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    After founding a city like Louisville, where might one retire? On the wild frontier of the eighteenth-century Ohio River Valley, it's difficult to imagine an easy retirement for anyone, but George Rogers Clark, father of River City, was one of the lucky ones. The historic home of Locust Grove, a beautiful 55-acre homestead just east of modern downtown Louisville, is where Clark spent his final years in peace, and its grandeur can still be experienced today. One of the best opportunities to explore these celebrated grounds is during the third annual Eighteenth Century Market Fair, held October 29 and 30, from 10 a.m. to 4 p.m., in association with the Illinois Regiment of Virginia.

    Market-goers will be able to experience period entertainment in the tavern, provided by Italian equilibrists and street jugglers, and feast on the finest food of the settlement age, including ginger beer, apple cider, and delicious meats. Pre-juried craftsmen will be on site, selling their handmade wares, and the Colonial kitchen and surgeon's quarters will be featuring demonstrations for curious history buffs.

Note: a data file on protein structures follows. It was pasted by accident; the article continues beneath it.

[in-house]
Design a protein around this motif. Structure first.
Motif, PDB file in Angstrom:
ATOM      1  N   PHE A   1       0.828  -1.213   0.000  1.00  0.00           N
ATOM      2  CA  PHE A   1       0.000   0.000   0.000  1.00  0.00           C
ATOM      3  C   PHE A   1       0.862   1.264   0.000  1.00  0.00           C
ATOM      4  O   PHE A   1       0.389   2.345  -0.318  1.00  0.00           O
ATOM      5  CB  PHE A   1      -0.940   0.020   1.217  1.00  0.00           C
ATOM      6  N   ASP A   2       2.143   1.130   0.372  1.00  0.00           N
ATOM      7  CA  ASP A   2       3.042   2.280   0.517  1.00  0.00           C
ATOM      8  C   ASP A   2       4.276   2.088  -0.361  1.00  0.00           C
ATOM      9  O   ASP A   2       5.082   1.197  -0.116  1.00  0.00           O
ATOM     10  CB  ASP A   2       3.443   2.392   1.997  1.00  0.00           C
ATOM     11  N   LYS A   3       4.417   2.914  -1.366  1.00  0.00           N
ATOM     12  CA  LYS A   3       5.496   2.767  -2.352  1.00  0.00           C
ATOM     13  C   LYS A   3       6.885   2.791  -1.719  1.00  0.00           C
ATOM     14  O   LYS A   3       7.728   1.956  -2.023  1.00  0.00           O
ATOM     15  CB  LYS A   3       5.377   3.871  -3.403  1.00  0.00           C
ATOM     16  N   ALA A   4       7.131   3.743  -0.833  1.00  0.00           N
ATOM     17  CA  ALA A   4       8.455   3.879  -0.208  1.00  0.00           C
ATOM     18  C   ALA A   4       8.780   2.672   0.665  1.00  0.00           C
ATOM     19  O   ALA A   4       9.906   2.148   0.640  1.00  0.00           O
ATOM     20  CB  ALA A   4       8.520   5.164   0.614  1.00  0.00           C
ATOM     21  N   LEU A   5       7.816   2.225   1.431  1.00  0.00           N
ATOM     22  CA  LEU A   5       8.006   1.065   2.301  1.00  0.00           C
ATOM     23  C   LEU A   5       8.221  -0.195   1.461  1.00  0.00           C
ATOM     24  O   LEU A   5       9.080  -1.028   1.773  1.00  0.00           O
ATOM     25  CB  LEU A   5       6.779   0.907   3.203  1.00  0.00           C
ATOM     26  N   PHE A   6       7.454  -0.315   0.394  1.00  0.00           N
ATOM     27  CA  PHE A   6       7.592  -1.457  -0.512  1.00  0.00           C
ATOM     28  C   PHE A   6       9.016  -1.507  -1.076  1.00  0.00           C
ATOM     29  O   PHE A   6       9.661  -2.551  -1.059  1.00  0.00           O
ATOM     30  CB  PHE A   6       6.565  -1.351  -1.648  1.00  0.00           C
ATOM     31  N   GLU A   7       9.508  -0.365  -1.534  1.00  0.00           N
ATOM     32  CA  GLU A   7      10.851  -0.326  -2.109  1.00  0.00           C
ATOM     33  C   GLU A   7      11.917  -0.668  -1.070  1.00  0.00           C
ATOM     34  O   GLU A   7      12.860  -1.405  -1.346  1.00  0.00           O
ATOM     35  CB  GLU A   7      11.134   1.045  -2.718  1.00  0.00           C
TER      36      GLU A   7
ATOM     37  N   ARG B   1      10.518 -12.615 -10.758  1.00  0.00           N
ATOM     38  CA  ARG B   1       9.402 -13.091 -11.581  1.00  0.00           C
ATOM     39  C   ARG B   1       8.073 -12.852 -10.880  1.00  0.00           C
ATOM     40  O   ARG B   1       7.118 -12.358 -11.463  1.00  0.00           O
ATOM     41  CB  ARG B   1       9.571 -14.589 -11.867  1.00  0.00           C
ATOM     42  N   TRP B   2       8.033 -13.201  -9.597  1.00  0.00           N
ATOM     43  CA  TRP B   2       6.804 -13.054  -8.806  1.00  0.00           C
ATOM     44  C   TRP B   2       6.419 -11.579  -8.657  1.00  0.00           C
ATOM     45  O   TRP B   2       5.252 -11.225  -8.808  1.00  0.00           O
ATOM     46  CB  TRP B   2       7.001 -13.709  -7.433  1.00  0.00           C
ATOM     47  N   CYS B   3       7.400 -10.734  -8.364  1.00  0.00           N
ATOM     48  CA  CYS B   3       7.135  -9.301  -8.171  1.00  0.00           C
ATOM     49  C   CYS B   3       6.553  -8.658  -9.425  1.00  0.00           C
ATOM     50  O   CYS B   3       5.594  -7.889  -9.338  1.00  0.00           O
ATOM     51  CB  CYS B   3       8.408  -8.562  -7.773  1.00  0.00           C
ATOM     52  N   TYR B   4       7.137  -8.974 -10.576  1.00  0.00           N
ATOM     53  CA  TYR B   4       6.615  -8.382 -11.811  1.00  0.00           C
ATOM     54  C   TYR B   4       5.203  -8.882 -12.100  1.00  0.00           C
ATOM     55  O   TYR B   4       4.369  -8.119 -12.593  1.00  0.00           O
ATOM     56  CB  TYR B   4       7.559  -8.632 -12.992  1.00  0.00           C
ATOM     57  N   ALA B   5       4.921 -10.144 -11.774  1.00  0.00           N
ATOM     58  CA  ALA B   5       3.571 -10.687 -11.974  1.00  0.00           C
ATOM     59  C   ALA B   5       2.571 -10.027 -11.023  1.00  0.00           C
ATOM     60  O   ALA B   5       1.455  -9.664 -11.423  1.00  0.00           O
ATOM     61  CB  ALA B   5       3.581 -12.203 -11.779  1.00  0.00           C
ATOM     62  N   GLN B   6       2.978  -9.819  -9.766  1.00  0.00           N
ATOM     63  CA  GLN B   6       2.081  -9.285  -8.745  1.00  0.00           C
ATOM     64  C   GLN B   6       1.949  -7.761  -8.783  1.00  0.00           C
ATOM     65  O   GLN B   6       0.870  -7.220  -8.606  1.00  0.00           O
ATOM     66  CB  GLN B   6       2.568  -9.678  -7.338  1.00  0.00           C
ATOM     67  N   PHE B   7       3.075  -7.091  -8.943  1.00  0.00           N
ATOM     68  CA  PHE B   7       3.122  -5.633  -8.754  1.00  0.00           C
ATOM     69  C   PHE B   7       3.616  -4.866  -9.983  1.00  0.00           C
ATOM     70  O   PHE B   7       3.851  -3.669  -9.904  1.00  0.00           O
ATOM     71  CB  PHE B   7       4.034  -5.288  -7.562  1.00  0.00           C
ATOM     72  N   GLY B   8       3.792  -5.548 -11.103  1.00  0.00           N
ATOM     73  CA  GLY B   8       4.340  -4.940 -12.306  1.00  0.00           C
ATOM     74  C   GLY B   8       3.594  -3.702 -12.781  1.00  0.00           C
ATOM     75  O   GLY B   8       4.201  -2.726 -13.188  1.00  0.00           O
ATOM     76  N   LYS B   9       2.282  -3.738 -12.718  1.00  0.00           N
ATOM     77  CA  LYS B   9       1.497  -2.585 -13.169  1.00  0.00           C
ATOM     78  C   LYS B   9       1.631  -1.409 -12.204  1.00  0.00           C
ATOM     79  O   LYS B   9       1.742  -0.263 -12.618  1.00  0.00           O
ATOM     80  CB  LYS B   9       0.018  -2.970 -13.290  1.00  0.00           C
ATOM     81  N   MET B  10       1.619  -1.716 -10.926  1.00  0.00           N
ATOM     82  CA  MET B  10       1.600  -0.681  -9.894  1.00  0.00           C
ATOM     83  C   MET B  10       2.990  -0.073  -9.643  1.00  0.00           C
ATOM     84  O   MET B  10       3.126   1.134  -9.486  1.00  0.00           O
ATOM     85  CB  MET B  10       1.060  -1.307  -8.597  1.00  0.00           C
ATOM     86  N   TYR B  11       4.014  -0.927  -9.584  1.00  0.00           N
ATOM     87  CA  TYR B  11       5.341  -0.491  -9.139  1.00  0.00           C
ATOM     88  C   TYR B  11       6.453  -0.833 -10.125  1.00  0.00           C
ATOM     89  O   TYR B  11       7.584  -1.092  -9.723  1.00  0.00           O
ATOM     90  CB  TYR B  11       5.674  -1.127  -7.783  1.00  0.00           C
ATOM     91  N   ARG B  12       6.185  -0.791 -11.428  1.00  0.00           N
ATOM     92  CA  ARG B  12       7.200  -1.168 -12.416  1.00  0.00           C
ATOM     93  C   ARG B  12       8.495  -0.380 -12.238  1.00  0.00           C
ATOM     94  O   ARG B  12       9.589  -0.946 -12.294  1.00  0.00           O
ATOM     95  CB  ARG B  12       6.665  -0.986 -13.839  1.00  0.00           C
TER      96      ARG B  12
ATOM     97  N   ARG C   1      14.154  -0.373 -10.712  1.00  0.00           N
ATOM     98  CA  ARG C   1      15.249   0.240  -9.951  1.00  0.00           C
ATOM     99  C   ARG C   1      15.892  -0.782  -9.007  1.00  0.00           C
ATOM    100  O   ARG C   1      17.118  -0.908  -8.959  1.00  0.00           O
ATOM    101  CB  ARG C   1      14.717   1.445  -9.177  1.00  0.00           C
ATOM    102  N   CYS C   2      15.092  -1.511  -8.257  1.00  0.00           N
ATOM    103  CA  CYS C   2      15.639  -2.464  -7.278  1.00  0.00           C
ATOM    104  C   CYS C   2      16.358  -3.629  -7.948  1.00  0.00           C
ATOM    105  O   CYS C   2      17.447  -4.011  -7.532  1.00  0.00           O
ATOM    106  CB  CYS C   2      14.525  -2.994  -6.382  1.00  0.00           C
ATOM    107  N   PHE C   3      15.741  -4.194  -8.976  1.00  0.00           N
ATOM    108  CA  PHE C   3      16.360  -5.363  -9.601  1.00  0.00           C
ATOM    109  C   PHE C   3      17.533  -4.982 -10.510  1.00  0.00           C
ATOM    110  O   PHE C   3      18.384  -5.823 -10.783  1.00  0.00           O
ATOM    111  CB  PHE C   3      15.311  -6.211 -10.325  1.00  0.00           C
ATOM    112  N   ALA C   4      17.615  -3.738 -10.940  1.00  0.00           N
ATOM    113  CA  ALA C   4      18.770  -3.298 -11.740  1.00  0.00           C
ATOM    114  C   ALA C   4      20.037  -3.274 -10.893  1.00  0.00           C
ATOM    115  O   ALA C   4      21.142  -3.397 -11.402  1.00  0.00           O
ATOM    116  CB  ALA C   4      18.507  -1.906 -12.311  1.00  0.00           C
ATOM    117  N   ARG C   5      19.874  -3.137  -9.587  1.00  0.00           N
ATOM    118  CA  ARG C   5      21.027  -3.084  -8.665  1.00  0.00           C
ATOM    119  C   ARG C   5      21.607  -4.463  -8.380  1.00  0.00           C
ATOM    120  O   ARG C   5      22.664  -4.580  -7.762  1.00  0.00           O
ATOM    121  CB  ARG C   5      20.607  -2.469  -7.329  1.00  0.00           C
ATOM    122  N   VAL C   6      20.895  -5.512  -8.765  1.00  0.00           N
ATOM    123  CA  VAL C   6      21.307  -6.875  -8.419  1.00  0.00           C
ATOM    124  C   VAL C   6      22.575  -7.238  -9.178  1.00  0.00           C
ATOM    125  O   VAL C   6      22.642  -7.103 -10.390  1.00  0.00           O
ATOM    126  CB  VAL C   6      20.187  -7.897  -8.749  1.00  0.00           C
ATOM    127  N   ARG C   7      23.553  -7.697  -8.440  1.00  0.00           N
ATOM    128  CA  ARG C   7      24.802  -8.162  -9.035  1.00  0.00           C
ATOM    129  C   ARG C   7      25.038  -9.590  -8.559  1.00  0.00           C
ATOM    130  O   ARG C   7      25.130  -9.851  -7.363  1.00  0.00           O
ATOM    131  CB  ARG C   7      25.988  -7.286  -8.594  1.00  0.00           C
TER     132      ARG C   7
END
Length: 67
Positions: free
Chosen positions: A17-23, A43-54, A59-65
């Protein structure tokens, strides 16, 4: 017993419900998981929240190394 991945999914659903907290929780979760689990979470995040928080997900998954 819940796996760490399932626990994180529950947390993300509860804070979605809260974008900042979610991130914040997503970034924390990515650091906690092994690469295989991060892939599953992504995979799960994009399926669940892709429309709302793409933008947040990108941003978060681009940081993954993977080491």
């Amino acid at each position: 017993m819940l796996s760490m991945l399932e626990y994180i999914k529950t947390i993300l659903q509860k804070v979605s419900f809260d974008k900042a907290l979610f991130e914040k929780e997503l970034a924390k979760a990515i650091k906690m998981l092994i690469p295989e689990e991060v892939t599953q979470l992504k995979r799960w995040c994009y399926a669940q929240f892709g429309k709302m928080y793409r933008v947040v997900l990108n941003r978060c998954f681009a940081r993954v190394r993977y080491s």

Perhaps the most exciting aspect of the fair is the mock Revolutionary War battle, involving both British Dragoons and Marines and the American troops of George Rogers Clark's militia and the Illinois regiment. The battlefield itself features a natural amphitheater, enhancing the sights and sounds of the action provided by legions of skilled professional reenactors. Make sure to keep a look-out for the Native Americans, whose loyalties are always a mystery right up to the dawn of battle!

    Admission for this popular event is $6 for adults and $3 for children ages six to twelve; children aged five years and younger are admitted free. Your ticket includes a tour of the Locust Grove estate, so don't leave without taking a tour through one of the most magnificent homes of the age.

    ​Images courtesy of Historic Locust Grove, Inc.

    Karen Ellestad's picture

    About Karen Ellestad

    When I was seven and my brother was eight, we both wrote to 'Where in the World is Carmen Sandiego?' for a free t-shirt. Two weeks later his arrived in the mail, signed by Carmen Sandiego herself, accompanied by an autographed picture of the cast, an official membership to the 'Gumshoe Club,' and a Rockapella casette tape. I got a postcard.

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